It is hypothesized and scientifically supported that boron increases vitamin D levels by suppressing the activity of 24-hydroxylase, the microsomal enzyme primarily responsible for the catabolism (breakdown) of vitamin D. The suppression of this enzyme increases the half-life of vitamin D in serum, therefore increasing vitamin D levels overall (14).
Boron is cancer protective and reduces the adverse effects of chemotherapy.
On a broad scale, boron-rich diets (from regions where the soil and water are rich in boron) correlate with lower risks of several types of cancer, including breast, cervical, prostate, and lung cancers. Boron-containing compounds interfere with a variety of fundamental cellular mechanisms, negatively effecting the reproduction and physiology of cancer cells (15).
In one study, men whose diets supplied more than 1.8 mg of boron per day lowered the risk of prostate cancer by 52% lower compared to men whose dietary boron intake was 0.9 mg per day or less (16).
In one ten year study on post-menopausal women, those who were not on hormone replacement therapy (HRT) and had a boron intake of 0.77 mg or less per day had a 95% increased odds of developing lung cancer compared to women on HRT who had a dietary intake of 1.25 mg of boron per day (17).
One of boron’s main anti-cancer mechanistic effects is a result of how boron directly interacts with cancer cells. With a boron rich diet (3-10 mg), sugar-borate esters transport borate in greater quantities inside cells, increasing the intracellular concentration of borate. High intracellular borate concetrations can lead to growth inhibition and apoptosis (cellular death). In normal cells, the borate is easily exported from normal cells. Sugar hungry cancer cells however commonly over-express sugar transporters, and are less effective at reducing intracellular levels of borate. As a result, a boron-rich diet exerts a protect anti-cancer effect, sparing healthy cells but killing cancer cells (18).
Reading that list to me sounds like supplementing with boron is an easy way to enjoy all the superpowers of Wolverine! Clearly reduced in effect of course. Boron contributes to stronger bones, faster wound healing, higher vitamin D and testosterone levels, and is cancer protective.
Other Beneficial Effects of Boron
In addition to the more well known effects above, boron has also been shown to have the following beneficial effects:
Boron reduces levels of inflammatory biomarkers, such as high-sensitivity C-reactive protein (hs-CRP) and tumor necrosis factor α (TNF-α)
Boron raises levels of antioxidant enzymes, such as superoxide dismutase (SOD), catalase, and glutathione peroxidase
Boron protects against pesticide-induced oxidative stress and heavy-metal toxicity
Boron improves the brains electrical activity, cognitive performance, and short-term memory for elders
How to Supplement with Boron
On average most people ingest about 2 mg of Boron a day (19), which is under the 3 mg or greater ideal dietary intake as shown via the scientific research. A diet low in plant products such as fruits, vegetables, and nuts, someones dietary intake of boron could be much less than 3 mg per day.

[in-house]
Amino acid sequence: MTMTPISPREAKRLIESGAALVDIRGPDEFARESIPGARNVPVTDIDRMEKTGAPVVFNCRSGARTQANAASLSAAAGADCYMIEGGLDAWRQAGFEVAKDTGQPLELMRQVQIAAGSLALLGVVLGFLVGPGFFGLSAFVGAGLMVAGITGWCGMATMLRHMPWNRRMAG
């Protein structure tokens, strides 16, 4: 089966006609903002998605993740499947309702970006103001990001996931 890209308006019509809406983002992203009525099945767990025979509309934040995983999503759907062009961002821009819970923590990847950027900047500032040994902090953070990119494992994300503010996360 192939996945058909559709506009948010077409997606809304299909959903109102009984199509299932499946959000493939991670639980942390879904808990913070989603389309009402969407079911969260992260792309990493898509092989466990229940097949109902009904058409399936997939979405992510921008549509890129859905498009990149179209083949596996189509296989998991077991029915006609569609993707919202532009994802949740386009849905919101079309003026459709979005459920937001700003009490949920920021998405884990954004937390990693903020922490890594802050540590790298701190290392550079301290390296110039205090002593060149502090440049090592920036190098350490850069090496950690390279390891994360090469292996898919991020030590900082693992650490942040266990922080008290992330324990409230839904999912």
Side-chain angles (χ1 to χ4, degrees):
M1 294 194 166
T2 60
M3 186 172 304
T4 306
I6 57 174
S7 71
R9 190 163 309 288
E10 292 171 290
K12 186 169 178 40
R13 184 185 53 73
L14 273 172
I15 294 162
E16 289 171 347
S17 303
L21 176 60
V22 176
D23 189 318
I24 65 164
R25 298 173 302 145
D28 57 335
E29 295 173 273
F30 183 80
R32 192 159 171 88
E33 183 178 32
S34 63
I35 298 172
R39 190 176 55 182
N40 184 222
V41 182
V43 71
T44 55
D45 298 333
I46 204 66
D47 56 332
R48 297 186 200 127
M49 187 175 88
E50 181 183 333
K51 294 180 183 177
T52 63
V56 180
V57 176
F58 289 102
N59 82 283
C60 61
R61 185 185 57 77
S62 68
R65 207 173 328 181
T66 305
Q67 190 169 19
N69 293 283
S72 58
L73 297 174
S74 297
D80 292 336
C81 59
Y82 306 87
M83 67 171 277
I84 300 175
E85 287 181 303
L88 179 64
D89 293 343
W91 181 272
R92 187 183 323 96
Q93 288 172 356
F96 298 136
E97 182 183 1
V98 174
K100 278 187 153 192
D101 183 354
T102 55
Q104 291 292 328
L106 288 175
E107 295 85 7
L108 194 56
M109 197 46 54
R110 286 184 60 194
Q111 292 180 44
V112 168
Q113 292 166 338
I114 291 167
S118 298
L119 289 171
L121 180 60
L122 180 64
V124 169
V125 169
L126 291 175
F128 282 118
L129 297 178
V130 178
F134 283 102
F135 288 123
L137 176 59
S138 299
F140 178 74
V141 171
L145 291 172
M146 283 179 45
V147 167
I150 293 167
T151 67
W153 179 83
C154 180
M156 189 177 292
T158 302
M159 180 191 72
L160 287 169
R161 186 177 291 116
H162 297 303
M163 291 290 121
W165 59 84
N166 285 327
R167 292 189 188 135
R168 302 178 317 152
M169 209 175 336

If you want to bump up your boron intake, the best and most economical way to supplement boron is with borax. Yes, sodium borate (borax)! It's just as safe as table salt (similar LD50 as NaCl for Rats, and likely by extension, humans), and since it is a salt, highly bioavailable. Buy a box from 20 Mule Team which is nicely refined and pure, and save a small jar for personal use. Use the rest for your laundry if you'd like!
Most studies on boron supplementation use a dose of 3 mg of elemental boron (again through a compound like borax). Sometimes boron fructoborate was used in the studies, but borax is just as bioavailable, and much cheaper. The testosterone raising studies used 6-10 mg of boron (R). Let's supplement with the upper dose.
To supplement with 10 mg of elemental boron via borax, ~88.5 mg of borax is required based on the chemical formula of Na2[B4O5(OH)4]·8H2O and elemental molecular weights. To estimate the volume of the scooper needed, we need to know the density of borax. Borax has a density of 1.73 g/cm³, so 88.5 mg of borax (10 mg boron) requires approximately a 0.05 ml scoop. Buy this G82 Ultra Small Measuring Spoon (pictured), add it to your borax jar, and take a scoop everyday. With no taste and the ability to fully dissolve, taking a scoop of borax everyday couldn't be easier. Add the scoop to a glass of water, a smoothie, or a pre-workout drink like I do, it won’t even be noticed!
Pass the Boron, Please!
With it’s wide ranging health benefits, extreme safety, beyond cheap price, and unbelievable ease of supplementation, boron is a micronutrient everyone should make sure to get enough of. If you’d rather pass on the borax and stick to whole foods, fruits, vegetables, and nuts are your best sources of boron, with raisins, almonds, hazelnuts, avocados, and walnuts all being excellent sources.
Make an effort to get more boron in your diet and take note of how you feel. If you feel a difference or have thoughts of your own please share your experiences in the comments below!
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Stefan Burns is the creator and main author of Wild Free Organic. A swimmer in high school, soon afterwards he discovered a passion for the health, wellness, and fitness fields. Stefan is a jack of all trades, expertly knowing how to use all the different wellness “tools” available to radically and permanently transform one’s health, from fasting and sauna usage to calisthenics and powerlifting.